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Author Siegler, Aaron J. ♦ Mbwambo, Jessie K. ♦ McCarty, Frances A. ♦ DiClemente, Ralph J.
Source World Health Organization (WHO)-Global Index Medicus
Content type Text
Publisher Elsevier
File Format HTM / HTML
Language English
Difficulty Level Medium
Subject Domain (in DDC) Philosophy & psychology ♦ Psychology ♦ Natural sciences & mathematics ♦ Life sciences; biology ♦ Natural history of organisms ♦ Technology ♦ Medicine & health ♦ Incidence & prevention of disease ♦ Diseases ♦ Manufacture for specific uses ♦ Precision instruments & other devices
Subject Domain (in MeSH) Eukaryota ♦ Organisms ♦ Virus Diseases ♦ Diseases ♦ Investigative Techniques ♦ Equipment and Supplies ♦ Analytical, Diagnostic and Therapeutic Techniques and Equipment ♦ Behavior and Behavior Mechanisms ♦ Behavioral Disciplines and Activities ♦ Psychiatry and Psychology ♦ Natural Science Disciplines ♦ Physical Sciences ♦ Persons ♦ Persons ♦ Geographic Locations ♦ Geographic Locations
Subject Keyword Discipline Medicine ♦ Condoms ♦ Utilization ♦ Hiv Infections ♦ Prevention & Control ♦ Health Knowledge, Attitudes, Practice ♦ Adolescent ♦ Adult ♦ Aged ♦ Behavioral Research ♦ Cross-sectional Studies ♦ Female ♦ Humans ♦ Male ♦ Middle Aged ♦ Qualitative Research ♦ Tanzania ♦ Young Adult ♦ Journal Article ♦ Research Support, N.i.h., Extramural
Abstract Condom promotion remains a key component of HIV prevention programs, complimenting recent successes in biomedical HIV prevention. Although condom use has increased in much of East Africa, it remains substantially below optimal levels. Negative rumors about condoms have been documented in East Africa, yet the prevalence and effects of belief in the negative rumors have not been explored. This study evaluated levels of belief in negative rumors about condoms, developed a Negative Condom Beliefs Scale, and assessed its accuracy in predicting willingness to use condoms. A cross-sectional, cluster survey (n = 370) was conducted representing adults in two rural districts in Northern Tanzania in 2008. Item agreement ranged from 35 to 53% for the following rumors regarding condoms: causing cancer, having holes, containing HIV, having worms, and the worms causing HIV. Items loaded on a single latent factor and had high internal consistency and convergent validity. In a multivariate model, negative condom score (AOR = 0.67, 95% CI = 0.6, 0.8) was the strongest single predictor of willingness to use condoms, followed by greater perceived anonymity in acquiring condoms (AOR = 4.36, 95% CI = 2.2, 8.6) and higher condom self-efficacy (AOR = 4.24, 95% CI = 2.0, 8.9). Our findings indicate high levels of subscription to negative beliefs about condoms, with two out of three respondents affirming belief in at least one negative condom rumor. This study highlights the relation between condom rumor beliefs and willingness to use condoms, and indicates avenues for future research and means for improving the design of HIV prevention programs.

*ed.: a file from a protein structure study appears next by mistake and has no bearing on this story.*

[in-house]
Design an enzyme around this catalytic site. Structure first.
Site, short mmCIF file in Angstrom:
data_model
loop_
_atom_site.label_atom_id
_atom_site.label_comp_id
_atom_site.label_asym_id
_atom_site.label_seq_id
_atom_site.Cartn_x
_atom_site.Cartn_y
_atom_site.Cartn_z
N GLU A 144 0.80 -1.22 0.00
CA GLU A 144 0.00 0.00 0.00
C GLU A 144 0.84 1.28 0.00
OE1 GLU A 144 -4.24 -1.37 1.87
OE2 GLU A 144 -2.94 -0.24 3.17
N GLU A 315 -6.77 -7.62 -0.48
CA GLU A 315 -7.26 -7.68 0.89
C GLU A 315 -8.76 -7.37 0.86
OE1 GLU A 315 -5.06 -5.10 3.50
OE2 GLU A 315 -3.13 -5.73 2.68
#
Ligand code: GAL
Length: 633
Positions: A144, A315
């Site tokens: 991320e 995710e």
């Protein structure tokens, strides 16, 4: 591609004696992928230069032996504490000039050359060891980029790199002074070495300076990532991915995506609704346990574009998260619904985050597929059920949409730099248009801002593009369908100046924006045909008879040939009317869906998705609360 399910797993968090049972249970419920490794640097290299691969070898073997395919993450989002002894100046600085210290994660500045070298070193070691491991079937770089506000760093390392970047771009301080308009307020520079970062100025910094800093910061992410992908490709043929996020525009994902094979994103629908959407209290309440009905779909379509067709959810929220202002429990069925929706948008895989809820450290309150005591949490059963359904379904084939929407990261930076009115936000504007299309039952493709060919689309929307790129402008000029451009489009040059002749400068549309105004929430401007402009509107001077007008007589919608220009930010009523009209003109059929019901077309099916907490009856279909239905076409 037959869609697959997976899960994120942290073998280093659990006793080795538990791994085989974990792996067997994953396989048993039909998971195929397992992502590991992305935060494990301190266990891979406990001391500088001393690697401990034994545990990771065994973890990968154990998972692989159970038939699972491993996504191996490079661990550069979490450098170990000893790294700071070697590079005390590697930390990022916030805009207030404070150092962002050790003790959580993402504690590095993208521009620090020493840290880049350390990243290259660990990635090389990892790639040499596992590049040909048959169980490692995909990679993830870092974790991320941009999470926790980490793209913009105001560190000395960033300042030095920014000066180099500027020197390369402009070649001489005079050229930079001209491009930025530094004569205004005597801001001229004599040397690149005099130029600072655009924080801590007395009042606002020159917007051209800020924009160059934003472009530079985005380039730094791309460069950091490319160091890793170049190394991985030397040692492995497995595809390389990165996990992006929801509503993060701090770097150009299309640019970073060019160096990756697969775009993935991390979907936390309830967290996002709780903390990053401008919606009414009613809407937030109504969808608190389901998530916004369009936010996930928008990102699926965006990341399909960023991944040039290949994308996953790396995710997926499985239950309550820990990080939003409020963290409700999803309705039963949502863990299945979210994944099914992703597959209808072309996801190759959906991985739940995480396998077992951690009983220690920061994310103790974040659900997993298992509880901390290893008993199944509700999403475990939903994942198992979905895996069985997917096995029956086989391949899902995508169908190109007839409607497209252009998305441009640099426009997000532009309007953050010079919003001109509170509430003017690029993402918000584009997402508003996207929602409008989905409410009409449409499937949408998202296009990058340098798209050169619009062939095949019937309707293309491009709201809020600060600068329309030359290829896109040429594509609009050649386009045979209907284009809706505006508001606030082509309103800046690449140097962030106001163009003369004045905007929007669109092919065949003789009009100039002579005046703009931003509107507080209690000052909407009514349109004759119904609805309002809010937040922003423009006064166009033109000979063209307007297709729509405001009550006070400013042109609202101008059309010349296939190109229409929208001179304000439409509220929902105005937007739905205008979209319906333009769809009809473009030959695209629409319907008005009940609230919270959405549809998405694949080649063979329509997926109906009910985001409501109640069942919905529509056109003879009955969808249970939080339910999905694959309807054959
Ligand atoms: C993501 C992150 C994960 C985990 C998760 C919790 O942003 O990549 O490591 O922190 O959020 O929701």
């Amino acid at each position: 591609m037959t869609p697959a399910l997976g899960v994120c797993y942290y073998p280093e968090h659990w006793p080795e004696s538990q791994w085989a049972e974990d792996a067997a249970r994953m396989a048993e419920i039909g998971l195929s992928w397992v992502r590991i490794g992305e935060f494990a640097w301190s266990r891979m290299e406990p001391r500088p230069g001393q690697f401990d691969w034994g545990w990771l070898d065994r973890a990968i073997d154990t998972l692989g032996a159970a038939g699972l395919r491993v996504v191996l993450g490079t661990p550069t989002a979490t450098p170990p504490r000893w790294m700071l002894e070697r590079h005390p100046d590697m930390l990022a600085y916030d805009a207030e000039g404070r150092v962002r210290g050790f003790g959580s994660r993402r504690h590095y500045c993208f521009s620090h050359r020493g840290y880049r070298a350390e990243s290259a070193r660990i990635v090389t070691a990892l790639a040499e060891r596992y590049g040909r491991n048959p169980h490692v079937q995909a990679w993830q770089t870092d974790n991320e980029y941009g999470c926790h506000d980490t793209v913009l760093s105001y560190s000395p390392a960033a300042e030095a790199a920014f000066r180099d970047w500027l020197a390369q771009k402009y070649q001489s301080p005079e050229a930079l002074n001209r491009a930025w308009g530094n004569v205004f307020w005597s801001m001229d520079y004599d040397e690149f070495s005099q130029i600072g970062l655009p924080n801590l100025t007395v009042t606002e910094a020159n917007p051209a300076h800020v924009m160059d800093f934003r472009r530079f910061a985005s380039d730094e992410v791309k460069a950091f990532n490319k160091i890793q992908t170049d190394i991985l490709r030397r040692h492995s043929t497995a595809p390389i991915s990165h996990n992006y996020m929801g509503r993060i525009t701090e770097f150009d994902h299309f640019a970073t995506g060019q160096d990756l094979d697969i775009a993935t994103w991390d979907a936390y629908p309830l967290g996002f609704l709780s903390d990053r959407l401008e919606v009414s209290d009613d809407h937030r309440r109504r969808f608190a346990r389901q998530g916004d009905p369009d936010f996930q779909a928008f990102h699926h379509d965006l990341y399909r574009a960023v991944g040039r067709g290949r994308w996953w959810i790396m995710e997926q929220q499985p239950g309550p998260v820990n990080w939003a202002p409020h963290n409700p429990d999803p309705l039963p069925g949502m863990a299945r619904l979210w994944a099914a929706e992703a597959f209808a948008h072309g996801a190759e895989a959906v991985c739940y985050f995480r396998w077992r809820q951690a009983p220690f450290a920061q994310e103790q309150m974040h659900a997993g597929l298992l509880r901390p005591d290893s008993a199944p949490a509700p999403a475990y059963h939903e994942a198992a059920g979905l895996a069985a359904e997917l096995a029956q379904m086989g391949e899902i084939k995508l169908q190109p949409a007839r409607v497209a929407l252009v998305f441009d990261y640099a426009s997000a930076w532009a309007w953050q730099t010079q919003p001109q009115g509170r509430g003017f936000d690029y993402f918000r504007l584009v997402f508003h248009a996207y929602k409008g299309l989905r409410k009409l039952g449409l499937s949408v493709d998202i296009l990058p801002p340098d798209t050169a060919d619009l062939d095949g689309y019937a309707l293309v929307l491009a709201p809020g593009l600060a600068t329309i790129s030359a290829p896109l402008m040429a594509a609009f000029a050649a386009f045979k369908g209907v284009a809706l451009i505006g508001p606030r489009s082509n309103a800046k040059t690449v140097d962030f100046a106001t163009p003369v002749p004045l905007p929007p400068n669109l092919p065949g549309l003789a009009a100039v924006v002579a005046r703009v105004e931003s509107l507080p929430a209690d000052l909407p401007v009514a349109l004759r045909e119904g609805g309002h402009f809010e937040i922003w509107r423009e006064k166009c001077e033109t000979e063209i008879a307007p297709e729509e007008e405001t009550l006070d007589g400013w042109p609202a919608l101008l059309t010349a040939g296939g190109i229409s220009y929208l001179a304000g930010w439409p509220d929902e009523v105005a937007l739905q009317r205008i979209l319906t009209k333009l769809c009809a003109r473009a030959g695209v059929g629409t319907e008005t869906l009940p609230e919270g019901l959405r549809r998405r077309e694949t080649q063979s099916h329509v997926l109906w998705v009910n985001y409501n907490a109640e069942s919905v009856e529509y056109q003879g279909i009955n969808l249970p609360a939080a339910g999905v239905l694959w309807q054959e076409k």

Spatial Coverage Tanzania
Description Country affiliation: United States
Author Affiliation: Siegler AJ ( Department of Epidemiology, Rollins School of Public Health, Emory University, 1518 Clifton Rd NE, Suite 467, Atlanta, GA 30322, USA. asiegle@emory.edu)
ISSN 02779536
Educational Role Student ♦ Teacher
Age Range above 22 year
Educational Use Reading ♦ Research ♦ Self Learning
Interactivity Type Expositive
Education Level UG and PG
Learning Resource Type Article
Publisher Date 2012-11-01
Publisher Place Great Britain (UK)
e-ISSN 18735347
Journal Social Science & Medicine
Volume Number 75
Issue Number 9


Source: WHO-Global Index Medicus